The new requirement relates to RBPS 12(iv) – Measures designed to identify people with terrorist ties, and focuses on Affected Individuals, defined as “facility personnel and unescorted visitors with access to restricted areas or critical assets.” For many of our clients this means almost all employees and contractors working in their plants.
Facilities may choose one of four options to comply or may propose a combination or alternative plan for compliance.
The four options (explained in detail in the instruction) are summarized below:
- Option 1: DHS to Vet Affected Individuals
- Option 2: Affected Individuals Who Possess Certain Credentials
- Option 3: Electronic Verification of TWIC
- Option 4: Visual Verification of Credentials
The requirement (attached) is well written and reasonably easy to understand. However the devil is, as always, in the details, and there is a lot of detail. The overriding questions chemical companies will ask are how do we implement these screening requirements for existing employees, what action will we take if existing employees fail the federal checks, and how do we comply with limited people and resources? These questions and the options should to be discussed between Human Resources and Corporate Security.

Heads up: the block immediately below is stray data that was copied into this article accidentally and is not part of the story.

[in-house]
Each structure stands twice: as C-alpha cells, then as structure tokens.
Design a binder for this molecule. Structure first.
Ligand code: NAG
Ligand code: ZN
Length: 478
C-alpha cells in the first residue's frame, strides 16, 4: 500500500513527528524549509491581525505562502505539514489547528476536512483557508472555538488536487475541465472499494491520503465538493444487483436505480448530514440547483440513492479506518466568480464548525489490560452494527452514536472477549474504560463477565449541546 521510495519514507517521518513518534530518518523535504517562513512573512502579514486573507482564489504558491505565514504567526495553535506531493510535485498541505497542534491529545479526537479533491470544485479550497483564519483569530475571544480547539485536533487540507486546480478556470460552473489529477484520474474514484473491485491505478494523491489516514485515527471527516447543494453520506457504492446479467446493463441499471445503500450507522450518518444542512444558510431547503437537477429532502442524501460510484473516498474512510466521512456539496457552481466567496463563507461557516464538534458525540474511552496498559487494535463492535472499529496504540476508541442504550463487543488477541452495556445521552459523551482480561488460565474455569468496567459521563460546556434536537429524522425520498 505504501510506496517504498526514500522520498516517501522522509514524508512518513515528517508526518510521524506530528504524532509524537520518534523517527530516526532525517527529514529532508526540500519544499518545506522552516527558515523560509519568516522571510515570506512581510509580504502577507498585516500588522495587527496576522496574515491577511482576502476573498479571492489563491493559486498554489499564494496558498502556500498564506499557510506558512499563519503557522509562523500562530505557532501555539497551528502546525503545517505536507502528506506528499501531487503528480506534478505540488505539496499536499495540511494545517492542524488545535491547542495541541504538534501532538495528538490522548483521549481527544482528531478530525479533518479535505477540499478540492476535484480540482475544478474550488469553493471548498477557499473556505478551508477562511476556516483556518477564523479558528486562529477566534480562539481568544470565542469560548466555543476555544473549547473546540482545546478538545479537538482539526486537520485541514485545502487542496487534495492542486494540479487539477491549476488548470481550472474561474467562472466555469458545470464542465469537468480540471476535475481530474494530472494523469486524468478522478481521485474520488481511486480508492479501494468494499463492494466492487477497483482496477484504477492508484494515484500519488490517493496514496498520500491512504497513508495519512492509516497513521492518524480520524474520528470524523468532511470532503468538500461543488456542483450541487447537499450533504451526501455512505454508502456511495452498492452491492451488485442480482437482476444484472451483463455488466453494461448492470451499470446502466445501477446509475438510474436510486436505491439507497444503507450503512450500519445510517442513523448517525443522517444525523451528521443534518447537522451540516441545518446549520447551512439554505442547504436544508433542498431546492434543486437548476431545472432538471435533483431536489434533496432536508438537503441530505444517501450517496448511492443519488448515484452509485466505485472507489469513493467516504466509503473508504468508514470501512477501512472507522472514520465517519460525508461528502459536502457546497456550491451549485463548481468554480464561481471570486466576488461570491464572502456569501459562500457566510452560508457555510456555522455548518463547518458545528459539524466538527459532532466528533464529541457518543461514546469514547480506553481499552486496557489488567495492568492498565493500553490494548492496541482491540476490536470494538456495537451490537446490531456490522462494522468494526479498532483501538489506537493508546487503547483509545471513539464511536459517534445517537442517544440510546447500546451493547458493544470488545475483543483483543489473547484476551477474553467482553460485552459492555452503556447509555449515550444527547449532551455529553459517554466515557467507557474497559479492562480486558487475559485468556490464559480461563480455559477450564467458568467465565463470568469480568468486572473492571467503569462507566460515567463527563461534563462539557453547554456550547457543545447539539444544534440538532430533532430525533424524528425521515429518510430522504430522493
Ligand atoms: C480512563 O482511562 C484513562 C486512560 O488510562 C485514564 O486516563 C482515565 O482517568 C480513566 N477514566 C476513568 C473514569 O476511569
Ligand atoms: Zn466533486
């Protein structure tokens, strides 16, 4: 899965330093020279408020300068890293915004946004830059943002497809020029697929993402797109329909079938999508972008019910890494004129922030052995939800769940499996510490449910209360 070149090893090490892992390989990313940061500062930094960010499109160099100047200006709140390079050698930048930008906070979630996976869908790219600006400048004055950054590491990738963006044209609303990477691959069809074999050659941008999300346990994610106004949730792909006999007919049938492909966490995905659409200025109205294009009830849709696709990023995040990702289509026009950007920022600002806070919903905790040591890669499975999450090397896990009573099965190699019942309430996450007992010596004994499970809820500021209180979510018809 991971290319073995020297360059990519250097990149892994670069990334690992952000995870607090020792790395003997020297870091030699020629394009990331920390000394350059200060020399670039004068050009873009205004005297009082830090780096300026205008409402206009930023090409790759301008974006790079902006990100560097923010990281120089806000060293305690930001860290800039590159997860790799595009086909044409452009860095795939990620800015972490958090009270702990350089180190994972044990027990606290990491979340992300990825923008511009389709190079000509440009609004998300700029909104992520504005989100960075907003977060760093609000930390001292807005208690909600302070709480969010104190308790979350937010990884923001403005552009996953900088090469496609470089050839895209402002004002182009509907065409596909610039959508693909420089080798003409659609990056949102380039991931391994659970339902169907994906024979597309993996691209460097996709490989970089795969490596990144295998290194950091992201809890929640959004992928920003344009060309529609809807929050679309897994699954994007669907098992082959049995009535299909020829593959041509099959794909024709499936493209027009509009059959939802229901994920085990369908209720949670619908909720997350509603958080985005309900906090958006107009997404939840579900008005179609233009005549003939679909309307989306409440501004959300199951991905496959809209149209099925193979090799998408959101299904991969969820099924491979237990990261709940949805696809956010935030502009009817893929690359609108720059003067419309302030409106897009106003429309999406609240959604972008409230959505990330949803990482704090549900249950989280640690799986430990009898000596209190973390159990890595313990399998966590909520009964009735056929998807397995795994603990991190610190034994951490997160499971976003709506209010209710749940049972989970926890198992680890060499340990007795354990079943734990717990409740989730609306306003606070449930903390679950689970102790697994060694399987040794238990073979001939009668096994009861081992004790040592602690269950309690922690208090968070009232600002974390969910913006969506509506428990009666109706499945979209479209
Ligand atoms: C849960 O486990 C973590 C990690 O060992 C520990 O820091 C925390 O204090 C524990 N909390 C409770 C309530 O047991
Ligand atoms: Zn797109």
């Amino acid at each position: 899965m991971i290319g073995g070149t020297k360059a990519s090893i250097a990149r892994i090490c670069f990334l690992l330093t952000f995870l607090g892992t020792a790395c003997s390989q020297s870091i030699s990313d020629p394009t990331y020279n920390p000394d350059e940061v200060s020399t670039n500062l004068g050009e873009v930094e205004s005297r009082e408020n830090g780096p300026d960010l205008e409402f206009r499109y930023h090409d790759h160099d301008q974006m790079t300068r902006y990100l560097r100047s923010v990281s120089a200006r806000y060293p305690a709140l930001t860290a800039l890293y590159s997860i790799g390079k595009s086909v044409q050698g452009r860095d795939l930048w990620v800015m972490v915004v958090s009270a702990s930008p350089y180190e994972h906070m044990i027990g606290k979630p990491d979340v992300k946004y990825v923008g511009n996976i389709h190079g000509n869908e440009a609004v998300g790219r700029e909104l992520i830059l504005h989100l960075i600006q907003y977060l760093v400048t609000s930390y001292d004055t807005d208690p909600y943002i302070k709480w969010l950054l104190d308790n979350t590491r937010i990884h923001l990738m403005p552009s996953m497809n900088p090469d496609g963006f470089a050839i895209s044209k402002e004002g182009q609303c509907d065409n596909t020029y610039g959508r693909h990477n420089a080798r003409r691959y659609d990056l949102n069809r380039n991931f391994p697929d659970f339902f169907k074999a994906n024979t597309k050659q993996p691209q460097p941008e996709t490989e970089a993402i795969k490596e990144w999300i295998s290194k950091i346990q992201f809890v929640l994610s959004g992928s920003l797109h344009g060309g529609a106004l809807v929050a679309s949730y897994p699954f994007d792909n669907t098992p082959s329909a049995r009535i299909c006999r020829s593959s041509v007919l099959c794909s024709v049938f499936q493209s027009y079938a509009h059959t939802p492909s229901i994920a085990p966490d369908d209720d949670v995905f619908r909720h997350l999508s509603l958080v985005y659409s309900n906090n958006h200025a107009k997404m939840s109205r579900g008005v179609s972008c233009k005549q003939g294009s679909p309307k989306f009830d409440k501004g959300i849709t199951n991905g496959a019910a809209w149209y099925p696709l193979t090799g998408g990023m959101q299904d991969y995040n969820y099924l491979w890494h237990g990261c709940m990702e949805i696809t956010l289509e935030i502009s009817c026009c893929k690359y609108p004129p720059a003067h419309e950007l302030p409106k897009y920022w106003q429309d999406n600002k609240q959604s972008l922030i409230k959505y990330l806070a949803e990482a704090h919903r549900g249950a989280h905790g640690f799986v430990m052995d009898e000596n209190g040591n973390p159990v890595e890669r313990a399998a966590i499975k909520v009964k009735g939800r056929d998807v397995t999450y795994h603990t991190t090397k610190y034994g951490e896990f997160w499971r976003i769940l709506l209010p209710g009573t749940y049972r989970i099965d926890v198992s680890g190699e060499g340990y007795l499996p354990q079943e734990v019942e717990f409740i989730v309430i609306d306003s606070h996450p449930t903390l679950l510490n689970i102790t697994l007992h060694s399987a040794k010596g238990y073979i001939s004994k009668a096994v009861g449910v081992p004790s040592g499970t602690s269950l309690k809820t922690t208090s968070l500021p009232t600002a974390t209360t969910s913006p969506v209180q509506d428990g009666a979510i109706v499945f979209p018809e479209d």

We are preparing templates now to help facilitate this discussion and to provide suitable amendments for Site Security Plans.
Recently, we learned the following – the long-awaited new CFATS Top Screen Tool will be posted next month with regulatory activity to begin immediately.
DHS plans to publish the new Top Screen Tool requirements in the Federal Register in July. They expect the new tool to be available in September, pending OMB approval. ALL regulated and unregulated facilities will be impacted.
Note the following:
- Effective immediately DHS will suspend processing incoming Top Screens and SVAs.